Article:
Data Management

Data management involves the theories and techniques for managing the entire data lifecycle, from data collection to data format conversion, from data storage to data sharing and retrieval, to data provenance, data quality control and data curation for long-term data archival and preservation.

Topics in this Knowledge Area are listed thematically below. Existing topics are in regular font and linked directly to their original entries (published in 2006; these contain only Learning Objectives). Entries that have been updated and expanded are in bold. Forthcoming, future topics are italicized

 

Spatial Databases Genealogical Relationships, Linkage, and Inheritance Georeferencing Systems
Spatial Database Management Systems Conflation & Related Spatial Data Integration Techniques Approximating the Earth's Shape with Geoids
Use of Relational DBMSs Standardization & Exchange Specifications Geographic Coordinate Systems
Object-Oriented DBMSs Spatial Access Methods Planar Coordinate Systems
Extensions of the Relational DBMS Data Retrieval Methods Tesselated Referencing Systems
Topological Relationships Spatial Indexing Linear Referencing Systems
Database Administration Space-driven Structures: Grid, linear quadtree, and z-ordering tree files Vertical Datums
Conceptual Data Models Data-driven structures: R-trees and cost models Horizontal Datums
Logical Data Models Modeling Unstructured Spatial Data Georegistration
Physical Data Models Modeling Semi-Structured Spatial Data Spatial Data Infrastructures
NoSQL Databases Query Processing Metadata
Problems with Large Spatial Databases Optimal I/O Algorithms Content Standards
Representations of Spatial Objects Spatial Joins Data Warehouses
The Raster Data Model Complex Queries Spatial Data Infrastructures
Classical Vector Data Models Spatial Data Quality U.S. National Spatial Data Infrastructure
The Topological Model Vagueness Common Ontologies for Spatial Data & Their Applications
The Spaghetti Model Mathematical Models of Vagueness: Fuzzy and Rough sets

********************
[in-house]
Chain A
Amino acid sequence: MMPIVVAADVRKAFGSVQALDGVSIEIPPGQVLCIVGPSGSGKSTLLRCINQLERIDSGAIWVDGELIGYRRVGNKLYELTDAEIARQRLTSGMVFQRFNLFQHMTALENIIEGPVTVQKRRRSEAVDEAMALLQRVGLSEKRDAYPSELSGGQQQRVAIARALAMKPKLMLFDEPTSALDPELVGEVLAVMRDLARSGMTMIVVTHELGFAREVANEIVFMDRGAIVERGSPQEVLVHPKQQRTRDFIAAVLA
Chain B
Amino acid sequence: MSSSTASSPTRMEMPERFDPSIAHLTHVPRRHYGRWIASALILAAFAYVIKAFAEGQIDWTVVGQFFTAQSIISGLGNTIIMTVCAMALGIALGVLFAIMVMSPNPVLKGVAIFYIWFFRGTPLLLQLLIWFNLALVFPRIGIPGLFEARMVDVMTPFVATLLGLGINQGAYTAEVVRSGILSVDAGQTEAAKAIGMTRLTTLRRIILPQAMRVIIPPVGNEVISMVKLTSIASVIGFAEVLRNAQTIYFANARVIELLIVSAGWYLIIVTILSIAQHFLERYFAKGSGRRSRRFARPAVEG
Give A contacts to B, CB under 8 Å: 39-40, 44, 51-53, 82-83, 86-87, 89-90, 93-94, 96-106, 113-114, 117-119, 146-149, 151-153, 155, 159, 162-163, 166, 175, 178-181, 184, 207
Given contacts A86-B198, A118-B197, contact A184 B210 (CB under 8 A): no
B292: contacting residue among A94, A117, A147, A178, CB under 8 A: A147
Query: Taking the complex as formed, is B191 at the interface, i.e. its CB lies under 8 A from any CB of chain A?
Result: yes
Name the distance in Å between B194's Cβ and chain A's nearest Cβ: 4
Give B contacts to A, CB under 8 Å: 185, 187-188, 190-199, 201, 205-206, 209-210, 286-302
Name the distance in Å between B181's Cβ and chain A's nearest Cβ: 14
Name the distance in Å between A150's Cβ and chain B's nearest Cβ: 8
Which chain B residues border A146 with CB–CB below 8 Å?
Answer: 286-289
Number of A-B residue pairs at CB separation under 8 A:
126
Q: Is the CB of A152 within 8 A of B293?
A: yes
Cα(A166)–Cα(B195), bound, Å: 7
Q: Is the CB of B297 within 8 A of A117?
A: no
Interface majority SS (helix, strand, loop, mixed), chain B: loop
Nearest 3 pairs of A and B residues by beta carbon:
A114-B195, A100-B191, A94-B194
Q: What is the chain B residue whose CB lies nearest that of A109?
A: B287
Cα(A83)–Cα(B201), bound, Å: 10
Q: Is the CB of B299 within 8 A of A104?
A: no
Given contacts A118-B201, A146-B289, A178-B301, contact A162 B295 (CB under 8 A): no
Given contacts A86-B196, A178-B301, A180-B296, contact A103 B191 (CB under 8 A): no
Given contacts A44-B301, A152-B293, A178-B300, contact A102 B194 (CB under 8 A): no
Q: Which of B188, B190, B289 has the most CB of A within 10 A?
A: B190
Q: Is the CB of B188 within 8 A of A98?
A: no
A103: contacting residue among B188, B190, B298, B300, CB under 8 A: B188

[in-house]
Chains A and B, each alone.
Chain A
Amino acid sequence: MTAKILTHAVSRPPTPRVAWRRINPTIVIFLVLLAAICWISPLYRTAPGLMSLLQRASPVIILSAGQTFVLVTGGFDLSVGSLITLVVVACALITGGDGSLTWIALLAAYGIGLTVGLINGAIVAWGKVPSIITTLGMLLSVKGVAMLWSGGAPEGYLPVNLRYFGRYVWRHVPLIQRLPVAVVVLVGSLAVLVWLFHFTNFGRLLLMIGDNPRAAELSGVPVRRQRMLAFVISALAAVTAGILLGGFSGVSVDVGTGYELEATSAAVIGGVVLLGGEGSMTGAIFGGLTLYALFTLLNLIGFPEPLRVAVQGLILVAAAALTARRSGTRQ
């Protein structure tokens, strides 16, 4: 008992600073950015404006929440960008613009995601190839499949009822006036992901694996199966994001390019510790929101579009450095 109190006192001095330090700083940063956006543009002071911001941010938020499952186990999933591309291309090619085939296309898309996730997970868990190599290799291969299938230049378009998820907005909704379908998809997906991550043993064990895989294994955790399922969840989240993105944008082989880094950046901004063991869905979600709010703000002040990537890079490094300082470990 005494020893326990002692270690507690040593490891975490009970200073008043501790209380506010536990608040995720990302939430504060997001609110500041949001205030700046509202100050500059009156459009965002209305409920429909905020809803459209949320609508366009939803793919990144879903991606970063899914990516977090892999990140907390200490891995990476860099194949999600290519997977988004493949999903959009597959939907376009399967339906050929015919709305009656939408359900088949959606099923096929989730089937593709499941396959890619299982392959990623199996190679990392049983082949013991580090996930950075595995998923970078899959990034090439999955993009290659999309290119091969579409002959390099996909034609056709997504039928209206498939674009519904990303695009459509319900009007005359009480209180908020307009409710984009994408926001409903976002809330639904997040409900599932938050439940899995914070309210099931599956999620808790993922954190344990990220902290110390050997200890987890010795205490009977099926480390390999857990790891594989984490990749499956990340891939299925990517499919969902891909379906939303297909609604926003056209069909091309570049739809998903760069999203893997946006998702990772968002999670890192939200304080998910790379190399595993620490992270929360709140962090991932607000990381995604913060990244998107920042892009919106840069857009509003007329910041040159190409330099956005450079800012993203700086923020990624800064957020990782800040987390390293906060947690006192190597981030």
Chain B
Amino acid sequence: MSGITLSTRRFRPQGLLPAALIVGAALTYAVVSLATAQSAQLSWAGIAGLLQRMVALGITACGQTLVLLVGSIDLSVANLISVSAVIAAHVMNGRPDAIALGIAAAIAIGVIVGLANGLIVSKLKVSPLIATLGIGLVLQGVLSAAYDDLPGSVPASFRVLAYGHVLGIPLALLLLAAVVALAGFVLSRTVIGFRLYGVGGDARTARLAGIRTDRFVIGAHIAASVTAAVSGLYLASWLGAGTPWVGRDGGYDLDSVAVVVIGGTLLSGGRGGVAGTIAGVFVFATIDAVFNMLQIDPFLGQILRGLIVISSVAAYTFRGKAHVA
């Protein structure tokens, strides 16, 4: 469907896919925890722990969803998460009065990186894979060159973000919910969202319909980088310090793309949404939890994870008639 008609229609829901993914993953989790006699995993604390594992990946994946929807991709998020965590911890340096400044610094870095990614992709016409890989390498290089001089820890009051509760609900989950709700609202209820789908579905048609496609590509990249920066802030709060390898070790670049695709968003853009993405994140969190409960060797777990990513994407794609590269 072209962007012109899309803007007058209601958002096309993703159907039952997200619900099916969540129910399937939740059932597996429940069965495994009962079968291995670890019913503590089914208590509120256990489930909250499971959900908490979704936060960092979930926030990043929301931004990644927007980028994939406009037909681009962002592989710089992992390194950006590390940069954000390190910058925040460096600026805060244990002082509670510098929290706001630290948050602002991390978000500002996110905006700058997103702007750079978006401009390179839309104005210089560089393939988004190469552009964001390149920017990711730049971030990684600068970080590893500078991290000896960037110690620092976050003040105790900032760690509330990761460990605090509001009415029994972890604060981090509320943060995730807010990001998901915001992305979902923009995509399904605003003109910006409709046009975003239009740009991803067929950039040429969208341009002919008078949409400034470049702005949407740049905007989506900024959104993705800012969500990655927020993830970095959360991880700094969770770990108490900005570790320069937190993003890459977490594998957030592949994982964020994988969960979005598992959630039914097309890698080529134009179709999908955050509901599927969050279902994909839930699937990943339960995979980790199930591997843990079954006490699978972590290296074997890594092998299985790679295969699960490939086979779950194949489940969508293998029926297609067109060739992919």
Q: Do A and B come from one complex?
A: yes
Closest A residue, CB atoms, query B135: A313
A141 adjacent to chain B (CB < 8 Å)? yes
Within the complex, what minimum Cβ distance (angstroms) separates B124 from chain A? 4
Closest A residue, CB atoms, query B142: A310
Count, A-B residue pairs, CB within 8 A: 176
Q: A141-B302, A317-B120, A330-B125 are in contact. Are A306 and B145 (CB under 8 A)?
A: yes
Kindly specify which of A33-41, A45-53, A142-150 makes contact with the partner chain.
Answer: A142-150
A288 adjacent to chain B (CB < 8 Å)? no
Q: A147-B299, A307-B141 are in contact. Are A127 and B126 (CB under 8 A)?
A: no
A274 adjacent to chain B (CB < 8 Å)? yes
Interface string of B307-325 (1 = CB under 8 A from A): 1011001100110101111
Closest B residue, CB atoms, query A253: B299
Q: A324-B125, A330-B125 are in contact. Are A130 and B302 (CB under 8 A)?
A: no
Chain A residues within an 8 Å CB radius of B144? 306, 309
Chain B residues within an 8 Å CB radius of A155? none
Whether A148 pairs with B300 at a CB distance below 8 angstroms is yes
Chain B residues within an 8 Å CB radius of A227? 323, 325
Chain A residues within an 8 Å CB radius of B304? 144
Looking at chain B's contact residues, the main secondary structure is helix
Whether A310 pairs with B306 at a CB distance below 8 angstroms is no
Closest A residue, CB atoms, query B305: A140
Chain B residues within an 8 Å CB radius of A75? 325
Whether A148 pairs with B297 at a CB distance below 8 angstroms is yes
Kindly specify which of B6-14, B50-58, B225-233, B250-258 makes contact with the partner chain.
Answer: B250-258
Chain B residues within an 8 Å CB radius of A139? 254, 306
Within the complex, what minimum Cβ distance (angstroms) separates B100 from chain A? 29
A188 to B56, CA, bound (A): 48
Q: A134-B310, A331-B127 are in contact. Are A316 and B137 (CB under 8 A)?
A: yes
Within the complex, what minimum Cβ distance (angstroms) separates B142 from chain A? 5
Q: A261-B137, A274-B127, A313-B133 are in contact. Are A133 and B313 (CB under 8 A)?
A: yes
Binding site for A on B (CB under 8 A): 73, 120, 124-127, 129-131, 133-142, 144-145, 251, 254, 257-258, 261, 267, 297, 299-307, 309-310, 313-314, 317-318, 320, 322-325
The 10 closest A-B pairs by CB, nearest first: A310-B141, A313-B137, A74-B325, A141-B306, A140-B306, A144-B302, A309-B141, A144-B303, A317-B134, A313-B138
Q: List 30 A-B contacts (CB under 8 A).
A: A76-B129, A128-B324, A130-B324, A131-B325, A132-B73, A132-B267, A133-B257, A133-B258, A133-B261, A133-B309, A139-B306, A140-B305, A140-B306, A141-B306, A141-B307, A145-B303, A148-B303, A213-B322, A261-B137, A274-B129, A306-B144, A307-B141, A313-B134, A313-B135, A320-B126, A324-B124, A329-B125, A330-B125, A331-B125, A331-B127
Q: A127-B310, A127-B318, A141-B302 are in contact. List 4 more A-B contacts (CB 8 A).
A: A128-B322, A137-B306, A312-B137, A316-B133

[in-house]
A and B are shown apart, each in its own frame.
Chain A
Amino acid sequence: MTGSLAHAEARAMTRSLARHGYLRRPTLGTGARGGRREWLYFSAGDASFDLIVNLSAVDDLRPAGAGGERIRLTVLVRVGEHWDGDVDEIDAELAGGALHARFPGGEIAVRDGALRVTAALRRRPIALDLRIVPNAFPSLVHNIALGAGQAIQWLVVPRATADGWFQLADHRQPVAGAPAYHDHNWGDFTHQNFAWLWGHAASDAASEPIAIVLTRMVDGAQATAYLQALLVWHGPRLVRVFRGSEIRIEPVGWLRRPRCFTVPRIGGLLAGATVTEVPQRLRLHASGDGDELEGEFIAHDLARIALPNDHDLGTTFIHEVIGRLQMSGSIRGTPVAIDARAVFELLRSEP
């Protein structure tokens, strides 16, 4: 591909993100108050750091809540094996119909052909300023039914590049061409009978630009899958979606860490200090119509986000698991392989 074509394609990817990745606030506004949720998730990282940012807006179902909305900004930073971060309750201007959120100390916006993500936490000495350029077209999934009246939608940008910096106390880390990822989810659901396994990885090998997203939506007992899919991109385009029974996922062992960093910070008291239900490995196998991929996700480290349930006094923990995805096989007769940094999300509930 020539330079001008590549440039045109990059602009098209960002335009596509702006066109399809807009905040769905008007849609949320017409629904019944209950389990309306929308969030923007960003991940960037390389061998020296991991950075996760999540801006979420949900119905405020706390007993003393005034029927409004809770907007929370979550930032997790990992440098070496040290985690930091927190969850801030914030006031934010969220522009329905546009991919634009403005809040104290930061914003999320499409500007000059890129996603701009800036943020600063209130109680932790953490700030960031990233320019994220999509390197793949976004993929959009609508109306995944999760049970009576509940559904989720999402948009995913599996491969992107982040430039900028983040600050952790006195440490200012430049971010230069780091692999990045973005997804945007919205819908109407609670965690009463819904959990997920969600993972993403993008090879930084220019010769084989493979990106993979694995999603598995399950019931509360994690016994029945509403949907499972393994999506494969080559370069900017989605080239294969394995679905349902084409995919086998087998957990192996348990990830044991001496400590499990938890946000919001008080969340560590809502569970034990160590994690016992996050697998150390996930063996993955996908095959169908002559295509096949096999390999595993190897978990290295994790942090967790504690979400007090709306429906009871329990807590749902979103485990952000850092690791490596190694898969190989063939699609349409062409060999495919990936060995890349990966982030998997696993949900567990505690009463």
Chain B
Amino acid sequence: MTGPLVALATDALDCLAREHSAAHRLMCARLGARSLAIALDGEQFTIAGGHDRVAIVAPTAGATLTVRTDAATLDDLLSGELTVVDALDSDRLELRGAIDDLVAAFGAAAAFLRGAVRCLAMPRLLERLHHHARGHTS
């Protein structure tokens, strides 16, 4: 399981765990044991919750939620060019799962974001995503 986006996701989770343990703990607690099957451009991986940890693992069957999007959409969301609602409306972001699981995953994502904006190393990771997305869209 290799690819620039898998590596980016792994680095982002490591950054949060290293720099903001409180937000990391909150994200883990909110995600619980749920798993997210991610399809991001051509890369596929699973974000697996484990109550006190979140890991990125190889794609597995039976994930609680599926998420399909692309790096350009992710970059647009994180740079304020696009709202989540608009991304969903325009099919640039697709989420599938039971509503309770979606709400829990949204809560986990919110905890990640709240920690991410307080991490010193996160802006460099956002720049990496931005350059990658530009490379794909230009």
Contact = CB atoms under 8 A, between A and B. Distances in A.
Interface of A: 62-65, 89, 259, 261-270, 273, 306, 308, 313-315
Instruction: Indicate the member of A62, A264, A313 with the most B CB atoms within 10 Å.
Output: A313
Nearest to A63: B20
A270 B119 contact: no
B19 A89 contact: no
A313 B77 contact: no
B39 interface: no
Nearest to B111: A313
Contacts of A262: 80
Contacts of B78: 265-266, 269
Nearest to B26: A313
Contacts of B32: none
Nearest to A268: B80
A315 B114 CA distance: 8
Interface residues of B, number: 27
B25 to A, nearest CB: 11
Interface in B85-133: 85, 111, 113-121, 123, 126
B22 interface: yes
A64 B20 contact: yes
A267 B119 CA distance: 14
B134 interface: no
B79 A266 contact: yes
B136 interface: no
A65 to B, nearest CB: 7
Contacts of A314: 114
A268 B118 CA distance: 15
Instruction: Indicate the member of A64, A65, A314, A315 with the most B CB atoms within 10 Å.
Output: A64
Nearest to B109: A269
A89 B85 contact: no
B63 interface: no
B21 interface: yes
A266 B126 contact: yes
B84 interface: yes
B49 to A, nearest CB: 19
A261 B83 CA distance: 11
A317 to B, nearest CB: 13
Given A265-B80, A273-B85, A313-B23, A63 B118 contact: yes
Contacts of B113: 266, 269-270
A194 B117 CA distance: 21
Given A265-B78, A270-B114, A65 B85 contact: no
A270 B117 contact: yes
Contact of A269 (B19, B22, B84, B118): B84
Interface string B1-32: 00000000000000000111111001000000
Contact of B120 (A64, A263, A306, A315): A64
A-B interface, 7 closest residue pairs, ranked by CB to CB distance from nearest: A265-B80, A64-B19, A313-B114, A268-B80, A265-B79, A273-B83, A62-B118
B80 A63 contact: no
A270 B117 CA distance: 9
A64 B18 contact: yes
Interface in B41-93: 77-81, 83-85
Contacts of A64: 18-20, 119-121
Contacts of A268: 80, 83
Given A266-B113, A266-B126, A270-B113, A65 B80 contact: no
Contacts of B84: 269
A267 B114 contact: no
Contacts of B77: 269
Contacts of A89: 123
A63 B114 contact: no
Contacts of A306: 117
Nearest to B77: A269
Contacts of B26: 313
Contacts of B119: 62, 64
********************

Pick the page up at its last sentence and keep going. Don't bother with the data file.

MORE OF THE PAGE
The Network Model Error-based Uncertainty  
Modeling 3D Entities Spatial Data Uncertainty  
Field-Based Models    
Fuzzy Models    
Triangulated Irregular Network Models    

 

DM-65 - Spatial Data Uncertainty

Although spatial data users may not be aware of the inherent uncertainty in all the datasets they use, it is critical to evaluate data quality in order to understand the validity and limitations of any conclusions based on spatial data. Spatial data uncertainty is inevitable as all representations of the real world are imperfect. This topic presents the importance of understanding spatial data uncertainty and discusses major methods and models to communicate, represent, and quantify positional and attribute uncertainty in spatial data, including both analytical and simulation approaches. Geo-semantic uncertainty that involves vague geographic concepts and classes is also addressed from the perspectives of fuzzy-set approaches and cognitive experiments. Potential methods that can be implemented to assess the quality of large volumes of crowd-sourced geographic data are also discussed. Finally, this topic ends with future directions to further research on spatial data quality and uncertainty.

DM-66 - Spatial Indexing

A spatial index is a data structure that allows for accessing a spatial object efficiently. It is a common technique used by spatial databases.  Without indexing, any search for a feature would require a "sequential scan" of every record in the database, resulting in much longer processing time. In a spatial index construction process, the minimum bounding rectangle serves as an object approximation. Various types of spatial indices across commercial and open-source databases yield measurable performance differences. Spatial indexing techniques are playing a central role in time-critical applications and the manipulation of spatial big data.

DM-18 - Spatio-temporal GIS
  • Describe extensions to relational DBMS to represent temporal change in attributes
  • Evaluate the advantages and disadvantages of existing space-time models based on storage efficiency, query performance, ease of data entry, and ability to implement in existing software
  • Create a GIS database that models temporal information
  • Utilize two different space-time models to characterize a given scenario, such as a daily commute
  • Describe the architecture of data models (both field and object based) to represent spatio-temporal phenomena
  • Differentiate the two types of temporal information to be modeled in databases: database (or transaction) time and valid (or world) time